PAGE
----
Are the health benefits of dark roast coffee the same, better, or worse than the lighter varieties? To answer this question, you need to know these two vital pieces of information (1) the amount of antioxidants in each, and (2) the amount of acrylamide in each.
While not of interest to most people, knowing the caffeine content is also important for those with certain health conditions such as heart disease, high blood pressure, hormonal imbalances, hypoglycemia/blood sugar issues, acid reflux, and frequent urination. However this laundry list is highly controversial and there is strong research supporting the opposite, that moderate coffee consumption may actually benefit many of these health conditions. This is too big of a can of worms to get into here, so let's just focus on the nutrition facts for you to draw your own conclusion.
Does dark roast coffee have more caffeine than light? Many people are under the impression that the amount of caffeine in the bean actually increases when it is roasted. That is a myth but if you have thought that don't feel bad, because many culinary "experts" have perpetuated this myth to the public (which is likely why so many of us believe it).
It actually turns out that the opposite is true.
Caffeine is a highly stable compound and therefore, it's not very affected by the intense heat during the bean roasting process. The average temperature at which the beans are roasted is around 500 degrees Fahrenheit. It would take an additional 100 degrees (600+) before caffeine amounts would noticeably be affected, according to Scribblers Coffee Company (a popular Ohio-based roaster).
However even at 500 degrees, some degradation still occurs. For that reason, light coffee does have more caffeine than dark, not less. But before you dump your dark French or Italian roast in favor of a light blonde, the difference is so negligible it's not worth choosing one over another for that reason; only a low single digit percentage reduction in the caffeine content occurs, if that.
When foods are heated, especially above 300 degrees, Advanced Glycation End products (AGEs) form. These are suspected carcinogens. With carbohydrate-rich foods, the type of AGEs which form are primarily acrylamide. This may sound scary but the good news is that the total levels of AGEs formed in cooked plants is far less than cooked animal sources (i.e. meats, fish, dairy, eggs). There are numerous techniques you can use to reduce acrylamide in food.
It is true that roasted coffee beans have an extremely high concentration of acrylamide. However a properly filtered coffee is a low source of acrylamide content relative to the vast majority of foods you eat daily.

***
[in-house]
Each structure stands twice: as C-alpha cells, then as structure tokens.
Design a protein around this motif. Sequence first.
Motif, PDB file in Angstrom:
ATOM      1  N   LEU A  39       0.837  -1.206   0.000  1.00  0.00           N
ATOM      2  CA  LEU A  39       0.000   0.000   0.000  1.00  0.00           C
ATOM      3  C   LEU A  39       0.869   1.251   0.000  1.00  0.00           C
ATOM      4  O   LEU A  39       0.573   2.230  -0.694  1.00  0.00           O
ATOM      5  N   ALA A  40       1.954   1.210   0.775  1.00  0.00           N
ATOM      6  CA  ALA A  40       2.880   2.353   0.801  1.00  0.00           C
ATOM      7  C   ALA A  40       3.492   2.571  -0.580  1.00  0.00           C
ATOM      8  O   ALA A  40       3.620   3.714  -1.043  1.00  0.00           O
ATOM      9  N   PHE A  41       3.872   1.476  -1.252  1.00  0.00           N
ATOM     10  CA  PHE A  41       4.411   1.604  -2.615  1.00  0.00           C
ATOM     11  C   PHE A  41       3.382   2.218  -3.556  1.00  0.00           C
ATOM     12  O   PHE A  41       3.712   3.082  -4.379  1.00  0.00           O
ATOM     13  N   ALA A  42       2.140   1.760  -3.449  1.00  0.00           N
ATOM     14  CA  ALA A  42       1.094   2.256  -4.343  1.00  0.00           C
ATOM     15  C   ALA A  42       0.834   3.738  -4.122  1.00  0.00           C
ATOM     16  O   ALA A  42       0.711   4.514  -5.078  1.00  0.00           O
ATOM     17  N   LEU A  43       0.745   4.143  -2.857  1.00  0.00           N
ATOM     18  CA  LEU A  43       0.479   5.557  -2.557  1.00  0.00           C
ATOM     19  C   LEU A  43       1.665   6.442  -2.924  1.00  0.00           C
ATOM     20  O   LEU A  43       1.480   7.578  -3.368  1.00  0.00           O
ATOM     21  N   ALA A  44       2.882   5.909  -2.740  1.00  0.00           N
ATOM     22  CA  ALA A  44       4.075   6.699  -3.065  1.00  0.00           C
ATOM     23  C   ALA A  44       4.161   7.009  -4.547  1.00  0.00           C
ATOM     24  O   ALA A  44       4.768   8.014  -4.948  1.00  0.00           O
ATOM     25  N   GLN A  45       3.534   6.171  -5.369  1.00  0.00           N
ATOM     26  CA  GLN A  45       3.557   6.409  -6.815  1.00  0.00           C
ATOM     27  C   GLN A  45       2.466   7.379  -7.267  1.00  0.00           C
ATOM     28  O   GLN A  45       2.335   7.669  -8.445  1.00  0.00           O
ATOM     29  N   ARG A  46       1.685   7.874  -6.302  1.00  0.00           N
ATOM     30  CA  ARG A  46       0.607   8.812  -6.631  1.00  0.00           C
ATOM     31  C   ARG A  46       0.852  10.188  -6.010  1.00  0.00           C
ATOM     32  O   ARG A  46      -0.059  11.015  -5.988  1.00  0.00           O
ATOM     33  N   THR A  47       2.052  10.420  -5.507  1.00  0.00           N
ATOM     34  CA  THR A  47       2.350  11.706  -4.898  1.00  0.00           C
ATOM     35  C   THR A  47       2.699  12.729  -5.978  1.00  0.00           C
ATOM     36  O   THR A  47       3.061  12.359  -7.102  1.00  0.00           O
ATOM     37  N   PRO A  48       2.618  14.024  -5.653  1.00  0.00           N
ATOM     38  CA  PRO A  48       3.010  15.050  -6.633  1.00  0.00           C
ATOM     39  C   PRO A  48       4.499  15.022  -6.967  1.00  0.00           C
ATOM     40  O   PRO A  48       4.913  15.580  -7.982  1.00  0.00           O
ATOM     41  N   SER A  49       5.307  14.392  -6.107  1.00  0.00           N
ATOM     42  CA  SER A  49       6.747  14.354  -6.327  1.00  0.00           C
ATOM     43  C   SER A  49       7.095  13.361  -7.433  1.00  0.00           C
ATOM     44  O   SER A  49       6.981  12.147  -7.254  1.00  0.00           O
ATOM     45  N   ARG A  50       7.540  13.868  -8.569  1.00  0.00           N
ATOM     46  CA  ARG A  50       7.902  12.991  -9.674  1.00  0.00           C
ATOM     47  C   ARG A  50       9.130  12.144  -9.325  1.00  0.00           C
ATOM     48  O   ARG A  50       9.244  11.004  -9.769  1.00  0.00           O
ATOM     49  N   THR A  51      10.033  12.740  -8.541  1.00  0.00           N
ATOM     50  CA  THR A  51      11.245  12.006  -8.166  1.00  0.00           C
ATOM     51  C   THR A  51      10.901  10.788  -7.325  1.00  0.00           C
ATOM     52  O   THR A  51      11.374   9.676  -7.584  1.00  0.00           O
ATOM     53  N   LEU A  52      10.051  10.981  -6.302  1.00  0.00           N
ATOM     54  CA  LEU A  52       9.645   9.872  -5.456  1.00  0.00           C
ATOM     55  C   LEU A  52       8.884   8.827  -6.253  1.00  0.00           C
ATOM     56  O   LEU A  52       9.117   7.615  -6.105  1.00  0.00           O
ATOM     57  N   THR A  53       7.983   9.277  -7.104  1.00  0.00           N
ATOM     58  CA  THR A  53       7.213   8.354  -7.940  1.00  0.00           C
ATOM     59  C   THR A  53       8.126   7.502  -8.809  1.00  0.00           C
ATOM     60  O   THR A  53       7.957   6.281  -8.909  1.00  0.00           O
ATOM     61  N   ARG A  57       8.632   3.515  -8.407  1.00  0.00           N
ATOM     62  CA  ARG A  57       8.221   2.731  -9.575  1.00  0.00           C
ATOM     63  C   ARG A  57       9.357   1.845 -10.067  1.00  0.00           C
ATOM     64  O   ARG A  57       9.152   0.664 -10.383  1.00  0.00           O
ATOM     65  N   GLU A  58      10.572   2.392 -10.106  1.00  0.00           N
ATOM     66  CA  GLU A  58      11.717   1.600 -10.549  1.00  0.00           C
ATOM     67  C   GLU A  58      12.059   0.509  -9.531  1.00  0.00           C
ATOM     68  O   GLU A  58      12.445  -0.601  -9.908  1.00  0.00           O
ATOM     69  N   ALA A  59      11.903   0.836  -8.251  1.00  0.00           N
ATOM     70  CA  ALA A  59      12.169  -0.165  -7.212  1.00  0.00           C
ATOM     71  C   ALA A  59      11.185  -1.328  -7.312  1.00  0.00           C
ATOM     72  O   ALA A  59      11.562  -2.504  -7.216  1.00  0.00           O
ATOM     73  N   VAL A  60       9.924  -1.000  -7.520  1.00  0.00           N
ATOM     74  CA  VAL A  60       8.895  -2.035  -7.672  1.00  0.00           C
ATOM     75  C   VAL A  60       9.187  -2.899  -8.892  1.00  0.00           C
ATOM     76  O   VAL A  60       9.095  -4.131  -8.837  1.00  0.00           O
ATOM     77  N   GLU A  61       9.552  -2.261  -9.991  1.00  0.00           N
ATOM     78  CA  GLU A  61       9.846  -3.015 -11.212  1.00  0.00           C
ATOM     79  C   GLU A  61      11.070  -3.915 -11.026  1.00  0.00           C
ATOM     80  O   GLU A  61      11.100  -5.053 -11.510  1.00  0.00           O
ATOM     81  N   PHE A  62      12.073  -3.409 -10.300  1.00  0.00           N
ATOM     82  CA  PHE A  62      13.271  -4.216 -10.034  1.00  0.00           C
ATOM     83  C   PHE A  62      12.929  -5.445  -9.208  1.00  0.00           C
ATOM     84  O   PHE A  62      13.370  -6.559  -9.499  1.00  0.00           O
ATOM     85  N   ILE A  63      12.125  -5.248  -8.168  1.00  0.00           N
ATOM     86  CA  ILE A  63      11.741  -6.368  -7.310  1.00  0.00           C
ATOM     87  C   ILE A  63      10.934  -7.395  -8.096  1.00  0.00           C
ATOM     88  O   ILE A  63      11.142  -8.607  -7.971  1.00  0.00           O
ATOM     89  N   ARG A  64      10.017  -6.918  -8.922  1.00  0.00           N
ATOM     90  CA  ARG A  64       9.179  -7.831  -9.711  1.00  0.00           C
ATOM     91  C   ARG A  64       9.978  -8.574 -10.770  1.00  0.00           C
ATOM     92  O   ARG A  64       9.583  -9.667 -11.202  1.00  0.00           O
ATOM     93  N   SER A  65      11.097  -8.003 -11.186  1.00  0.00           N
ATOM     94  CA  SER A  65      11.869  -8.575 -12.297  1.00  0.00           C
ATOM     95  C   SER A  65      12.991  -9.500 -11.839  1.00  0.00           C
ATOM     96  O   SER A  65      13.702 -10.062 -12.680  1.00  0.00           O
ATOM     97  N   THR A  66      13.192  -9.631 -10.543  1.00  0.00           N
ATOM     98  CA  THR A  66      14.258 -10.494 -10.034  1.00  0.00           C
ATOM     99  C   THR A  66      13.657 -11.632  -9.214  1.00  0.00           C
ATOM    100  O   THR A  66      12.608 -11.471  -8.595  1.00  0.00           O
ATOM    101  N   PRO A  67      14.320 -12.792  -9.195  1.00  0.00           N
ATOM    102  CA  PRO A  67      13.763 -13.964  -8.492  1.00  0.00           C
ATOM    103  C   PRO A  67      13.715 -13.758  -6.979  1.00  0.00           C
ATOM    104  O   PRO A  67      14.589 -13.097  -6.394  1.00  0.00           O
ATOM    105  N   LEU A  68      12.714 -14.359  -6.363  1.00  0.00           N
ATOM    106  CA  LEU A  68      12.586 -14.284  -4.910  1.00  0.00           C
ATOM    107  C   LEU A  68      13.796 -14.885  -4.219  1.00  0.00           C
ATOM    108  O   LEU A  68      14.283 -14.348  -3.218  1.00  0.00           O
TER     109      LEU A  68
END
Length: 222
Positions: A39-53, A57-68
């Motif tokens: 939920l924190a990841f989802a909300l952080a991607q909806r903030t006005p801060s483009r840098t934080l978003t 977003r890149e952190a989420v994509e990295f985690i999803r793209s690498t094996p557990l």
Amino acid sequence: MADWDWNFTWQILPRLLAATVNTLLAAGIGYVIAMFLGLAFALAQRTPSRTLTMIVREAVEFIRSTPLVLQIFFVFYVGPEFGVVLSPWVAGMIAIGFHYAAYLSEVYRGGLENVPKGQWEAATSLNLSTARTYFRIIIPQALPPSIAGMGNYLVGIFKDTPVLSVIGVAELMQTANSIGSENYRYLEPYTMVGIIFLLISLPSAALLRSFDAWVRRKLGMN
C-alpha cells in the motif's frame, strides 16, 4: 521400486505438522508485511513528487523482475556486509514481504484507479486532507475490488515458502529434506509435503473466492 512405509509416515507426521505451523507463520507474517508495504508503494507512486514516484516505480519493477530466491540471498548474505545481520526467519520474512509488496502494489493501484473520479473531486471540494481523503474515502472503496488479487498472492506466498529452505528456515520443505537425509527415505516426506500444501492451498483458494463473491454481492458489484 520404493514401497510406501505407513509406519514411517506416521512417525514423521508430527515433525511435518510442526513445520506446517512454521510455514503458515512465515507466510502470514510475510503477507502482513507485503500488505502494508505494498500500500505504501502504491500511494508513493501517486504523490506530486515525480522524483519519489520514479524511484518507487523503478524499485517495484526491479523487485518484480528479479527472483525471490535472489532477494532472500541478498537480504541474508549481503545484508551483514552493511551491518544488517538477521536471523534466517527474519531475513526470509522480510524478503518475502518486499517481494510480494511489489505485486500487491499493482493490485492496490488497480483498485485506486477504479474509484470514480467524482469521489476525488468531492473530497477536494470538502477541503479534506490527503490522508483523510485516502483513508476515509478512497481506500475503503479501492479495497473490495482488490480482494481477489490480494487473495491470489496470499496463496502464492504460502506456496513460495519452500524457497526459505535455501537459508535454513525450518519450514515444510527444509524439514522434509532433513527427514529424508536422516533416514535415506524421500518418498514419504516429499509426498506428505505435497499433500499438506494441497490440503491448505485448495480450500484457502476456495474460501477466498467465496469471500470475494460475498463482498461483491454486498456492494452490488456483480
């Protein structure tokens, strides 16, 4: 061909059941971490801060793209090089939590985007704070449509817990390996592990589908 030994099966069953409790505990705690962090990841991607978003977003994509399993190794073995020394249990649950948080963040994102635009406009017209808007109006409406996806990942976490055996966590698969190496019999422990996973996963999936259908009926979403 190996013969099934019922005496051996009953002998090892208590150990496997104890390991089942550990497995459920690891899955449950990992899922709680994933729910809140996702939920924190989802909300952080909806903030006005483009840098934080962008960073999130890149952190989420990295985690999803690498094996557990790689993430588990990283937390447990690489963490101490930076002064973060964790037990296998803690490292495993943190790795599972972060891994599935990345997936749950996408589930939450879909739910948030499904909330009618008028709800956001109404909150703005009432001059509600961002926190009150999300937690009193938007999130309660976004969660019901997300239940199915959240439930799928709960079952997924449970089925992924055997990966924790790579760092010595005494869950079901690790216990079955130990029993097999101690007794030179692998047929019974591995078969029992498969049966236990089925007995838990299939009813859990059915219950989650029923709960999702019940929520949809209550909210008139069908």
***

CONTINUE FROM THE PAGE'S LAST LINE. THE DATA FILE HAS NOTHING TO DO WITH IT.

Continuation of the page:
For example, Starbucks ground Columbian coffee beans (not brewed) test out at 163 ppb (parts per billion). However that same brewed and filtered coffee produces only 7 ppb, which is over a 95% reduction in acrylamide. The reason for this is because the acrylamide is present in the roasted bean and the actual coffee, assuming its well filtered, contains little to no ground bean sediment. This is a reason we at Superfoodly prefer drinking paper filtered drip coffee, which removes substantially more sediment than the French press technique.
To put that 7 ppb in perspect, it is almost nothing. You should be more concerned about the Cheerios you're having at breakfast (266 ppb) with your cup of Joe, or your Trader Joe's Veggie Chips potato snacks (1,970 ppb) (1).
ORAC Values Compared
The best, most conclusive way to measure the antioxidant activity of a substance is with Oxygen Radical Absorbance Capacity (ORAC) testing. This is a patented process which was developed in the 00's by USDA researchers at Tufts University in Boston. Previously - as recently as 2012 - the USDA would publish the test results for many common foods but stopped doing so since the biological effects of antioxidants (in vivo) could not be conclusively proven. Being that they've only "proven" vitamin A and vitamin C in vivo and it took decades to accomplish, this is hardly a reason to ignore the thousands of other antioxidant types. According to the free radical theory of aging, oxidative stress is a major contributor to cell damage and mutations. For that reason it should not be ignored while we wait for 100% undeniable proof. Remember how many decades it took for the government to accept the proof that cigarettes had harmful side effects on our health?
The following values were reported in 2010 by CIRAD, which is an educational and research division of the French government. No brand names were specified and therefore, it should be concluded that these values represent the average for each degree of roasting.
ORAC value of regular/medium roast = 2,780
ORAC value of bold/dark roast = 2,690
ORAC value of light roast = 2,450
As you see there is a difference in the amount of antioxidants in regular vs. dark. vs. light, but they are all extremely comparable. The highest - regular roast - is only 13% above the lowest, the lighter bean. For this reason choosing your roast solely based on antioxidant content rather than preferred taste would not make much sense (it would be simpler to just drink 13% more, right?). Your better bet would be to buy a higher antioxidant coffee, some of which are shown below. It can be accomplished by using certain varieties of beans and proprietary roasting techniques to preserve the amount of natural antioxidants within them.
Research Support, Non-U.S. Gov't: Carlsen MH, Halvorsen BL, Holte K, et al. Nutrition Journal NIH Jan 2010